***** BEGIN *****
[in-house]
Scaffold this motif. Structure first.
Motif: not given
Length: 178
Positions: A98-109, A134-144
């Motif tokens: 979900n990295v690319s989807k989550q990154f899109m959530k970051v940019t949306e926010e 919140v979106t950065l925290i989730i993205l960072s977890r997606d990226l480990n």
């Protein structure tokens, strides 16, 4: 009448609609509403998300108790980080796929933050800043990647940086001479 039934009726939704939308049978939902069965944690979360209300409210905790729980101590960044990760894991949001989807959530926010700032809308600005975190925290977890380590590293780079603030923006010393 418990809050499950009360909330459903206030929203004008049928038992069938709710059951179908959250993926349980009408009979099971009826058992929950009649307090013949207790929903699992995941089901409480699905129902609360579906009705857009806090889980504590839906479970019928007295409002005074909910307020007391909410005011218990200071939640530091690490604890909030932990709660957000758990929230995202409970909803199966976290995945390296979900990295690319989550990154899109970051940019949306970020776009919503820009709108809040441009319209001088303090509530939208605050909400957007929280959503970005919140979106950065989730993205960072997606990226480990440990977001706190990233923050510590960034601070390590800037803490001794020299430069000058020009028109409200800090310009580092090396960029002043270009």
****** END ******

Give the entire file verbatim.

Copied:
[in-house]
Scaffold this motif. Structure first.
Motif: not given
Length: 178
Positions: A98-109, A134-144
């Motif tokens: 979900n990295v690319s989807k989550q990154f899109m959530k970051v940019t949306e926010e 919140v979106t950065l925290i989730i993205l960072s977890r997606d990226l480990n």
């Protein structure tokens, strides 16, 4: 009448609609509403998300108790980080796929933050800043990647940086001479 039934009726939704939308049978939902069965944690979360209300409210905790729980101590960044990760894991949001989807959530926010700032809308600005975190925290977890380590590293780079603030923006010393 418990809050499950009360909330459903206030929203004008049928038992069938709710059951179908959250993926349980009408009979099971009826058992929950009649307090013949207790929903699992995941089901409480699905129902609360579906009705857009806090889980504590839906479970019928007295409002005074909910307020007391909410005011218990200071939640530091690490604890909030932990709660957000758990929230995202409970909803199966976290995945390296979900990295690319989550990154899109970051940019949306970020776009919503820009709108809040441009319209001088303090509530939208605050909400957007929280959503970005919140979106950065989730993205960072997606990226480990440990977001706190990233923050510590960034601070390590800037803490001794020299430069000058020009028109409200800090310009580092090396960029002043270009």